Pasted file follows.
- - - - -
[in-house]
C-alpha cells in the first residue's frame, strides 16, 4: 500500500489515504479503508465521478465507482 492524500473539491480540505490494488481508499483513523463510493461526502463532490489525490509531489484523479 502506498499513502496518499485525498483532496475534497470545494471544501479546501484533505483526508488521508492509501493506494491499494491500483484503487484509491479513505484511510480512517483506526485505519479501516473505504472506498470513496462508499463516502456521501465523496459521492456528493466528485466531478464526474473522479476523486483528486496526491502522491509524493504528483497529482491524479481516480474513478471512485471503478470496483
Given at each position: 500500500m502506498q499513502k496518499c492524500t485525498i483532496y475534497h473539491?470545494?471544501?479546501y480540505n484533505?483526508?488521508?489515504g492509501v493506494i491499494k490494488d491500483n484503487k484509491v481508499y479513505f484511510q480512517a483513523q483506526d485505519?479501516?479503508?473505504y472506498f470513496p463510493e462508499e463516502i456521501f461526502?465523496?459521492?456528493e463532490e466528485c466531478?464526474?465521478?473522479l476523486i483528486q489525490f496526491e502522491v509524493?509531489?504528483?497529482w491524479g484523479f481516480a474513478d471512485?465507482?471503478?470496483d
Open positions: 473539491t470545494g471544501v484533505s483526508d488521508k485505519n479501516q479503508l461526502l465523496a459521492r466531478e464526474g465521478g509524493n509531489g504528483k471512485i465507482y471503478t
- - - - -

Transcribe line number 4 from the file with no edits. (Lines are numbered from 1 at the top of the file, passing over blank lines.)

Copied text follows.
Open positions: 473539491t470545494g471544501v484533505s483526508d488521508k485505519n479501516q479503508l461526502l465523496a459521492r466531478e464526474g465521478g509524493n509531489g504528483k471512485i465507482y471503478t